Zazenkai

The SZC offers monthly Sunday morning meditation groups (zazenkai) which are offered on the third Sunday of each month, from 8:30 am to 12 pm, at the city zendo. Each zazenkai includes a dharma talk and dokuksan (interview with the teacher).

July 15 – Intensive practice period with Saturday zazenkai, led by Allan Marett

August 20 – Dharma talk by senior student, Janet Selby, dokusan with Gillian Coote, roshi

September 17 – Dharma talk by Maggie Gluek, roshi

November 19 – Dharma talk by Paul Maloney, roshi

Other Sunday events that replace zazenkai:

October 15 – Annual General Meeting, zazen 9-10am, AGM starts 10.30am, Potluck lunch

Timetable

  Open Time Close Time Teacher Address
19/11/2017 8:30 AM 12:00 PM Paul Maloney 251 Young Street, Annandale
19/11/2017 8:30 AM 12:00 PM Paul Maloney 251 Young Street, Annandale
19/11/2017
8:30 AM - 12:00 PM - with Paul Maloney - at 251 Young Street, Annandale
19/11/2017
8:30 AM - 12:00 PM - with Paul Maloney - at 251 Young Street, Annandale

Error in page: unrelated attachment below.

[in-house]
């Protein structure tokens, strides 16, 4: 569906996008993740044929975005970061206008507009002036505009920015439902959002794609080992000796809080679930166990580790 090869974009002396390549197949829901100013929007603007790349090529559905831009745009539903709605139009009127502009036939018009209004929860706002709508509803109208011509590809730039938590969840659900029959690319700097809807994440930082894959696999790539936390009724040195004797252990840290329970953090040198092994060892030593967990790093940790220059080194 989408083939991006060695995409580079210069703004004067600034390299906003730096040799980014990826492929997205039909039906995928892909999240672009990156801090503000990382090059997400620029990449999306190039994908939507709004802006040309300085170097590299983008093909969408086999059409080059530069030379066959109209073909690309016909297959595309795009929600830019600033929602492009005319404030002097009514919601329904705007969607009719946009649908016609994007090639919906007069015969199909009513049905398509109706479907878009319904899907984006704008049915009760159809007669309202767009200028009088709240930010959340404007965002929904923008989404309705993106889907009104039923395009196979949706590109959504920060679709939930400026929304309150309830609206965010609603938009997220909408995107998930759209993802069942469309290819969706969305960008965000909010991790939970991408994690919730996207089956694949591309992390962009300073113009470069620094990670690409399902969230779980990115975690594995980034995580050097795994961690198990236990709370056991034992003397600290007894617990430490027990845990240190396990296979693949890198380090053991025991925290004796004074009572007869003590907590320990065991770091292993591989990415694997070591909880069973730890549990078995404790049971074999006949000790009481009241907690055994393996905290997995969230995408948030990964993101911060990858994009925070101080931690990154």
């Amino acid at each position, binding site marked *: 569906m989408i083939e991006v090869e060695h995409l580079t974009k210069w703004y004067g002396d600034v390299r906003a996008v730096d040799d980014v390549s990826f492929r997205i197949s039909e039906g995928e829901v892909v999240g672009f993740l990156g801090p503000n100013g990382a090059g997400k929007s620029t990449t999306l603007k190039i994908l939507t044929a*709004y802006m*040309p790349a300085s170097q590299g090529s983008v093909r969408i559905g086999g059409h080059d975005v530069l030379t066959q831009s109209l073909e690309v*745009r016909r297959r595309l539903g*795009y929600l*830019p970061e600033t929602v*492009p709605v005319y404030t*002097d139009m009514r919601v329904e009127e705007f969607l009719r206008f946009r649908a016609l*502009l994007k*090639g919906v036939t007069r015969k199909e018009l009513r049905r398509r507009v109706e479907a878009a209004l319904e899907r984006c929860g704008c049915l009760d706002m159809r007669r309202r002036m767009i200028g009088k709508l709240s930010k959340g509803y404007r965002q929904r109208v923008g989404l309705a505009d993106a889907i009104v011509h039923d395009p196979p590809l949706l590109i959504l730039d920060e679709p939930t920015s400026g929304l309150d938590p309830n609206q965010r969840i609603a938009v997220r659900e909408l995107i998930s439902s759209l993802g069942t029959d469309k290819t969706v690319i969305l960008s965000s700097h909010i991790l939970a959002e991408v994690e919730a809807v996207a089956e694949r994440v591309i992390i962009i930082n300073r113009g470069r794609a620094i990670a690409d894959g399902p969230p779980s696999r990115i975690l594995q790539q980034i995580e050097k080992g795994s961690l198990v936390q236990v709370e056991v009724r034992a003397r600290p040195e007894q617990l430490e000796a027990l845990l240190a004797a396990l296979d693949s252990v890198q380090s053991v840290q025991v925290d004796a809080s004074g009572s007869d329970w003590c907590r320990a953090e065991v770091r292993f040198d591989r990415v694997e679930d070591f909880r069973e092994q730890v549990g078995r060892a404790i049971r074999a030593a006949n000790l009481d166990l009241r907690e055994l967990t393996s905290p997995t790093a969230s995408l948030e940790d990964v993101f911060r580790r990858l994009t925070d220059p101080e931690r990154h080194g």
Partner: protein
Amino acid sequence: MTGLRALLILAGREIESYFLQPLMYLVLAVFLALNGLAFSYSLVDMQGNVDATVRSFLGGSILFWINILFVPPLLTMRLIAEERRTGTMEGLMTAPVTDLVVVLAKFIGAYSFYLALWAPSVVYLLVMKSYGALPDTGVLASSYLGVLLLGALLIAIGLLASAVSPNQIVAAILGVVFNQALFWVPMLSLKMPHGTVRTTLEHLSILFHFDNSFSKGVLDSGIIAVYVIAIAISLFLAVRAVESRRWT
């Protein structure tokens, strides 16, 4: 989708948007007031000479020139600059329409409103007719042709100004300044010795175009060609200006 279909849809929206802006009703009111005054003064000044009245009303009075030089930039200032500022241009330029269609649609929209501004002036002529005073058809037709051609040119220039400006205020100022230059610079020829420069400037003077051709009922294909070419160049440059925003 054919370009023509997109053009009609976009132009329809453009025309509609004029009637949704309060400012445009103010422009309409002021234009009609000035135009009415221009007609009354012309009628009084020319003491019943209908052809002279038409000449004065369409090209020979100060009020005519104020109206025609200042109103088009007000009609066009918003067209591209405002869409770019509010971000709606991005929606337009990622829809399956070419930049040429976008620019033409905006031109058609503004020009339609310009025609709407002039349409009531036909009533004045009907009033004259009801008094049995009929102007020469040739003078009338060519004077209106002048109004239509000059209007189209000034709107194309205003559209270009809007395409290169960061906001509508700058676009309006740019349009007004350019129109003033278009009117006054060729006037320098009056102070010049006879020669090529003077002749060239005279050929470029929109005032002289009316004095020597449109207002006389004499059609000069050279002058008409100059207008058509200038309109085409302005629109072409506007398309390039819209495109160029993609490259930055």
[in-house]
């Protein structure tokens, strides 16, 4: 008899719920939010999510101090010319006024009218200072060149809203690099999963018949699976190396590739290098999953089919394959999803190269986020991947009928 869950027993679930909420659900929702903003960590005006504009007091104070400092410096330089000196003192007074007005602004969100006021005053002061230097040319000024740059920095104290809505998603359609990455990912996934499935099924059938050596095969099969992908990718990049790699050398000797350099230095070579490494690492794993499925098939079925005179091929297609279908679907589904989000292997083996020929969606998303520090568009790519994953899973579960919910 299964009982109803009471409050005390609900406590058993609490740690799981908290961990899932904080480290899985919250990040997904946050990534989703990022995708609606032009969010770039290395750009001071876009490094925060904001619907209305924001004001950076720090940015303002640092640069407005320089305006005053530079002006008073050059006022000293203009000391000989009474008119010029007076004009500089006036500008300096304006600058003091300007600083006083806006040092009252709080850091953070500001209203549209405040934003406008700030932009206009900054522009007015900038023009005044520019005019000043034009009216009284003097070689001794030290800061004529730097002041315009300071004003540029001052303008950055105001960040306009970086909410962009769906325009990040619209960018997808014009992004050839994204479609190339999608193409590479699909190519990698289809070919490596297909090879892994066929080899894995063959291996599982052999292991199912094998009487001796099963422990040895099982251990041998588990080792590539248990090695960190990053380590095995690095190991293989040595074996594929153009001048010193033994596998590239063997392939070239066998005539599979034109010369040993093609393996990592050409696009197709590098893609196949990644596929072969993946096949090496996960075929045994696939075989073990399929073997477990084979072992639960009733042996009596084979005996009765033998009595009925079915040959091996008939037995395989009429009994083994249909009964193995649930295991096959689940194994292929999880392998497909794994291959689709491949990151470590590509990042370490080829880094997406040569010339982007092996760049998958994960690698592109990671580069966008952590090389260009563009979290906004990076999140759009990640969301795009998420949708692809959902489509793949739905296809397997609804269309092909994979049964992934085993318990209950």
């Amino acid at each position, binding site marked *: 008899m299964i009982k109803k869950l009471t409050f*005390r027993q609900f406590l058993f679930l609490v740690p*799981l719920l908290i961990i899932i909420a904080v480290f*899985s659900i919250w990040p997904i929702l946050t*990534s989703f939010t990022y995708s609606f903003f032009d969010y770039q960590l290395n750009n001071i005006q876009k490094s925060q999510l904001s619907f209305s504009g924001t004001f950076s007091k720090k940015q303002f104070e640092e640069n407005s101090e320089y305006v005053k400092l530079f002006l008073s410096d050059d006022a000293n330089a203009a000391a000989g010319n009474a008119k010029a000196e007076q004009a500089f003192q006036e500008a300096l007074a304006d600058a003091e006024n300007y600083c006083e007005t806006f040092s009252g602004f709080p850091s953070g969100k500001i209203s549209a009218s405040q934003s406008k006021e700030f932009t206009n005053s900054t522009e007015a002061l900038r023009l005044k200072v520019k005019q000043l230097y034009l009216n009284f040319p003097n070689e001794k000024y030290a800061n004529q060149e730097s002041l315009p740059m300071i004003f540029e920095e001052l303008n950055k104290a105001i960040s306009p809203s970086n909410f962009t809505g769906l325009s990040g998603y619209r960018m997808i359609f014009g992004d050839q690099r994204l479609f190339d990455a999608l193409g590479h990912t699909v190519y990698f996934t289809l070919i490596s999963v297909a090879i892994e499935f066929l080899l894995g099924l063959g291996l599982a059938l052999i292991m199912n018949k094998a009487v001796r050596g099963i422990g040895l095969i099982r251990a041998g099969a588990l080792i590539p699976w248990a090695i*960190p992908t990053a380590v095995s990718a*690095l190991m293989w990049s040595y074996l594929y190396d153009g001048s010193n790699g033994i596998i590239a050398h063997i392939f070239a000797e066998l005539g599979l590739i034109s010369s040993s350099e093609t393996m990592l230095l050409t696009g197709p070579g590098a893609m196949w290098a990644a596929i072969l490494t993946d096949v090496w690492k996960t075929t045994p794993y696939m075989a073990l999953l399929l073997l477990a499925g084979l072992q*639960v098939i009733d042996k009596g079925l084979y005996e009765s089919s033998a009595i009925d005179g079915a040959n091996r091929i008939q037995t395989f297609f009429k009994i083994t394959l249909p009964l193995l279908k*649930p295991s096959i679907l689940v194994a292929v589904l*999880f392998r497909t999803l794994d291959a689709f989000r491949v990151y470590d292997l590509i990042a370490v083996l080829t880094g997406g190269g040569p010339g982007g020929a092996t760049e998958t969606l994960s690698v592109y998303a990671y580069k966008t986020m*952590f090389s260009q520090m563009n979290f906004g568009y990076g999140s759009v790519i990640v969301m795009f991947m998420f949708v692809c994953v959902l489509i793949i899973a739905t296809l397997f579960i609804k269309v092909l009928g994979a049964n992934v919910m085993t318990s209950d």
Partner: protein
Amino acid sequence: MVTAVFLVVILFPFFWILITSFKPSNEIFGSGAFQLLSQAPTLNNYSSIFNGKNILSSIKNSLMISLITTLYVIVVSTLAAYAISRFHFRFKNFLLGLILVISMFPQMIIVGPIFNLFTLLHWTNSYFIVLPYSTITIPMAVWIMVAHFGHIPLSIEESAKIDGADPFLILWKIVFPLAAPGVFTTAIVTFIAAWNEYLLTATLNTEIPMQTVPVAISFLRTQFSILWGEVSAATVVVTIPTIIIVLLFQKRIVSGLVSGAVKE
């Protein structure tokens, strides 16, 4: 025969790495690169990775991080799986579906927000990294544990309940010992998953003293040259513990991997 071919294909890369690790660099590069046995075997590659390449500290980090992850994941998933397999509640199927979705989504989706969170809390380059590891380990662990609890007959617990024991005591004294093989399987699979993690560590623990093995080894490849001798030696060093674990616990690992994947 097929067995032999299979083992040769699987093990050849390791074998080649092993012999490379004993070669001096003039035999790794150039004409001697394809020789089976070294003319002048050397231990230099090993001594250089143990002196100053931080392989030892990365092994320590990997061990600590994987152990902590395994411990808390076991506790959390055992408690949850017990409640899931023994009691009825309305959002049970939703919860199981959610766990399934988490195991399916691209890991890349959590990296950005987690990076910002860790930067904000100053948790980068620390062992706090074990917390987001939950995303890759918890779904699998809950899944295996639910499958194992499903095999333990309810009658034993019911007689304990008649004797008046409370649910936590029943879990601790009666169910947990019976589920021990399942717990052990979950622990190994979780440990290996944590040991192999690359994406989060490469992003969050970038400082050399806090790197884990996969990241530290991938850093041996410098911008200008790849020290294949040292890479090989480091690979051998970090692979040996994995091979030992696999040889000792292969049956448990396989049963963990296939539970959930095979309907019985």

Paul Maloney began his Zen studies in the late 1950s, and formal zazen in 1966. He went to Japan in 1968 and attended his first sesshin under the direction of Nakagawa Soen Roshi in December 1968. He continued his Zen daily zen practice while studying Aikido and the classical Japanese martial art of Shindo Muso Ryu Jodo, and attended weekend zazenkai at Engakuji in Kita Kamakura. Returning to Australia in 1973 he, together with Leigh Davison and others, formed a sitting group that evolved into the Sydney Zen Centre sangha. He began formal koan study with Robert Aitken Roshi in 1979, and after continued with John Tarrant Roshi and Subhana Barzaghi Roshi. He is the teacher of the SZC Blue Mountains group, and the SZC Canberra Group. He retired, in 2008, from the Faculty of Engineering, University of Technology Sydney, where he had been a Senior Lecturer and Director of the International Engineering Program since 1995. Prior to that, he had held the position of Assistant Director of the Japan Information and Culture Centre of the Consulate-General of Japan in Sydney since returning from Japan in 1973. He has degrees in Asian history and Western philosophy. He has been a student of classical Japanese martial arts for over forty years. He now teaches Shindo Muso Ryu Jodo, Kasumi Shinto Ryu Kenjutsu and related weapon systems in Sydney and Canberra. His wife, Yayoi, is a teacher of the Japanese Tea Ceremony, chanoyu, which she has been practicing for over fifty years.